Remove the wheels and drums; inspect brake friction materials, master cylinder, brake lines, calipers and wheel cylinders.
Typical Car and Truck Brake Systems Basic Operation
The hydraulic brake system consists of the following:
Hydraulic Brake Master Cylinder Fluid Reservoir: Contains supply of brake fluid for the hydraulic brake system.
Hydraulic Brake Master Cylinder: Converts mechanical input force into hydraulic output pressure. Hydraulic output pressure is distributed from the master cylinder through two hydraulic circuits, supplying diagonally-opposed wheel apply circuits.
Hydraulic Brake Pressure Balance Control System: Regulates brake fluid pressure delivered to hydraulic brake wheel circuits, in order to control the distribution of braking force. Pressure balance control is achieved through dynamic rear proportioning (DRP), which is a function of the ABS (Anti-Lock Brake System) modulator.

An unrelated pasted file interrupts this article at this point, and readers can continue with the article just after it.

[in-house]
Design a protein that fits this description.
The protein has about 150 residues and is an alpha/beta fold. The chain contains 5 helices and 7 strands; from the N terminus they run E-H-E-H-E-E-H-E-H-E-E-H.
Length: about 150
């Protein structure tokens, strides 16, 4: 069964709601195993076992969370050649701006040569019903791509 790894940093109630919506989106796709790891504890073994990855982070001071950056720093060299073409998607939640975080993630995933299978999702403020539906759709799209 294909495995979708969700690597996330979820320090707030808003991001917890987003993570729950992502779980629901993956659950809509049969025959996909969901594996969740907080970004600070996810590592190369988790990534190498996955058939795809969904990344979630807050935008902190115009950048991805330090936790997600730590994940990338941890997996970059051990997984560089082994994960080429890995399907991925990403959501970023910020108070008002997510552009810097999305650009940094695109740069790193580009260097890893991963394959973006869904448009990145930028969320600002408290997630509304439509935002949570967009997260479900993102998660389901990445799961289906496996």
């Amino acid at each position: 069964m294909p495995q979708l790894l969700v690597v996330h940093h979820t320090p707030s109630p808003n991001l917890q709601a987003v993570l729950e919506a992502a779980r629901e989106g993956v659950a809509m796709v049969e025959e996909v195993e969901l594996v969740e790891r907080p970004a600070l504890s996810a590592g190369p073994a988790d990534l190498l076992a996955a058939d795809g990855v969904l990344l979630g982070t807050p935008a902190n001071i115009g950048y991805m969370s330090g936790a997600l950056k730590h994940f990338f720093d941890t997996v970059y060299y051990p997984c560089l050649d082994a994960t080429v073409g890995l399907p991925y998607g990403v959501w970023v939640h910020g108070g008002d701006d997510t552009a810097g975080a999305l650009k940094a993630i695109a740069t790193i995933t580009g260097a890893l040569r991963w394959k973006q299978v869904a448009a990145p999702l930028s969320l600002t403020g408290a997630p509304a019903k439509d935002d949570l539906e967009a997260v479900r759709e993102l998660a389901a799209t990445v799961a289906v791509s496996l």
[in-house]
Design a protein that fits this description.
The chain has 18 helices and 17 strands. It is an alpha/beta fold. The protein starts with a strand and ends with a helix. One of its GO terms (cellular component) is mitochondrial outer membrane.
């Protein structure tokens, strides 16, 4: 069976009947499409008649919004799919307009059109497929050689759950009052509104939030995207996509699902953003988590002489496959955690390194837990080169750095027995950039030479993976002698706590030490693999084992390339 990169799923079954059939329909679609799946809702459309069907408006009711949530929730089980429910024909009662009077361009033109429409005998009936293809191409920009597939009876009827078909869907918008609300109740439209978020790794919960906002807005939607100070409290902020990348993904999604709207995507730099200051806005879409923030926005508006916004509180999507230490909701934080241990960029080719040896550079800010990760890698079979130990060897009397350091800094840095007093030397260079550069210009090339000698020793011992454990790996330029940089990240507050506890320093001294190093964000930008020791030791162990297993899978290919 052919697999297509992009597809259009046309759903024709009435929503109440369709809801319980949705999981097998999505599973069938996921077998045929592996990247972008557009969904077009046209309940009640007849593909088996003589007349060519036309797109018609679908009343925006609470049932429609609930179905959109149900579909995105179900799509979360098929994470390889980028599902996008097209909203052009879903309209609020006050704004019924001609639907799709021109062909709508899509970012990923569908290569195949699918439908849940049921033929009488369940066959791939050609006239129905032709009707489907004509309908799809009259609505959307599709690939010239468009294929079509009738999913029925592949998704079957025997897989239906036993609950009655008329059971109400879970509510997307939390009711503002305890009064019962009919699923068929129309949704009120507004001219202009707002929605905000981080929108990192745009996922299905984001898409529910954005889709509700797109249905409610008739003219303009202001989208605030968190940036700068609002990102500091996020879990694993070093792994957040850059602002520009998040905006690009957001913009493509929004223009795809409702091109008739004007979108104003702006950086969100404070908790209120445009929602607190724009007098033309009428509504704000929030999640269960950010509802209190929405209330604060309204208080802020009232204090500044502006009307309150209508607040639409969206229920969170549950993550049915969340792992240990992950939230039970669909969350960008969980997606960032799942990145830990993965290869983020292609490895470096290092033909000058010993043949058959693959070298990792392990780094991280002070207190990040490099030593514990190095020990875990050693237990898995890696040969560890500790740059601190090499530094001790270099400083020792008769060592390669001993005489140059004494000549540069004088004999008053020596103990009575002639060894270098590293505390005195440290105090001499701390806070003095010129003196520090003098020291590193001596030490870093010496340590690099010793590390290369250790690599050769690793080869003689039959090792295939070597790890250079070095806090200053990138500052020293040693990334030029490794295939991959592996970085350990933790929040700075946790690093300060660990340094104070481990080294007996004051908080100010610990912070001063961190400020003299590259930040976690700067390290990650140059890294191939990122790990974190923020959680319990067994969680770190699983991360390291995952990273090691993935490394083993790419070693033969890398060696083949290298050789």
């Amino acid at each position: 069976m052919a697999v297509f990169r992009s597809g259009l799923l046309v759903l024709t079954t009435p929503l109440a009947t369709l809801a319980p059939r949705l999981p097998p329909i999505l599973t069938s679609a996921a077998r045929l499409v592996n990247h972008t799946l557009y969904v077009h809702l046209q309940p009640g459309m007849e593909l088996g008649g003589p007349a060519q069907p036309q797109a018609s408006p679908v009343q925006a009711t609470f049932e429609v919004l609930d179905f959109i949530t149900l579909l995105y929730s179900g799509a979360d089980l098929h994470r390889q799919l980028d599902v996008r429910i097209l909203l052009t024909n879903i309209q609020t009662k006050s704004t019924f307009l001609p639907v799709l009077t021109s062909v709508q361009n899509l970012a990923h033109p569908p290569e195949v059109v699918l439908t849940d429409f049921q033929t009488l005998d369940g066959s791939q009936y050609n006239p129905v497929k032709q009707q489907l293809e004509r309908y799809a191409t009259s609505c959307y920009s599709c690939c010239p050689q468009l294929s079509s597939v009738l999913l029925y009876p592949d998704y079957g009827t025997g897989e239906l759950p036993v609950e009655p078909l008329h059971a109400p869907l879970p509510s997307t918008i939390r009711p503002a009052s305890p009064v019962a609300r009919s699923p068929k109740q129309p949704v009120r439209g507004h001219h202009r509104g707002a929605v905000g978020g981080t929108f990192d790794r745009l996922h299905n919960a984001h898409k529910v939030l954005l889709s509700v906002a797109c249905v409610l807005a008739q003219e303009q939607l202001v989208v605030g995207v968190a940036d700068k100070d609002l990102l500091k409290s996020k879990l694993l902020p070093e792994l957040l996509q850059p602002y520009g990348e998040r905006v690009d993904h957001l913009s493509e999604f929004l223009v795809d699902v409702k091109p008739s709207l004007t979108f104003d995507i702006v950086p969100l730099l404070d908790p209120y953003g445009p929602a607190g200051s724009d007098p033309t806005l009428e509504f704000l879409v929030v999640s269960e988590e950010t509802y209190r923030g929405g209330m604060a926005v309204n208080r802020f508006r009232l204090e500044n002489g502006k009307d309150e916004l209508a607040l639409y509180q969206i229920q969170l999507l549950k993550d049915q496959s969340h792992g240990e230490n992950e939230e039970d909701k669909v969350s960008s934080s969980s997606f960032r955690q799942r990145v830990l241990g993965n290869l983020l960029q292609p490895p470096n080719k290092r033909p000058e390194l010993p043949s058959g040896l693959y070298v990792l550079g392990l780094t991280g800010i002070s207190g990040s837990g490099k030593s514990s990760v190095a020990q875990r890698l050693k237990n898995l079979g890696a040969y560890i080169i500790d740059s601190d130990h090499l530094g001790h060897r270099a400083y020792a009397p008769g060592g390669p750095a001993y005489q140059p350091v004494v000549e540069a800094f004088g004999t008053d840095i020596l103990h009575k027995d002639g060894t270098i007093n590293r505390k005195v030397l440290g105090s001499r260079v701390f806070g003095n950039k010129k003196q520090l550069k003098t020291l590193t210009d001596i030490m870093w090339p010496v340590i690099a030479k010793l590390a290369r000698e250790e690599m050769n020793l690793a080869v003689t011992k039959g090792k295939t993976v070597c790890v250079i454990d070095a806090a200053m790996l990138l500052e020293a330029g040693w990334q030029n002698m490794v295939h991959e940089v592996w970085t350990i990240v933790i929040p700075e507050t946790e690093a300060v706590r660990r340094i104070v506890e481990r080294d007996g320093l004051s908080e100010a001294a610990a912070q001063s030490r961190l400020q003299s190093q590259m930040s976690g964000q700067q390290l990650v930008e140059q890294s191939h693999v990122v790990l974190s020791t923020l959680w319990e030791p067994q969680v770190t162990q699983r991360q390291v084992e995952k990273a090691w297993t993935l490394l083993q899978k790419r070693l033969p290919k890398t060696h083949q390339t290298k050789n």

Hydraulic Brake Pipes and Flexible Brake Hoses: Carries brake fluid to and from hydraulic brake system components. Hydraulic Brake Wheel Apply Components: Converts hydraulic input pressure into mechanical output force.
Mechanical force is converted into hydraulic pressure by the master cylinder, regulated to meet braking system demands by the pressure balance control system, and delivered to the hydraulic brake wheel circuits by the pipes and flexible hoses. The wheel apply components then convert the hydraulic pressure back into mechanical force which presses linings against rotating brake system components.
The two primary types of brake systems are anti-lock brake systems (ABS), and non-ABS. ABS are designed to ensure more vehicle stability by changing the fluid pressure to automatically pump the brakes, preventing them from locking up. With non-ABS brake systems, the driver must pump the brakes to prevent lockup.
When the the brake pedal is depressed, this causes a push rod within the master cylinder to force out fluid. This travels through the brake lines to the wheel cylinders. If the vehicle has disc brakes, the brake fluid flows into a caliper and presses against a piston, which then squeezes brake pads against the wheel rotor. If the car has drum brakes, the fluid pushes the brake shoes so that there is friction against the wheel.
A key feature of brake systems is that the brake fluid is incompressible, transferring pressure to the brakes.
There can’t be any air in the fluid for brakes to be effective.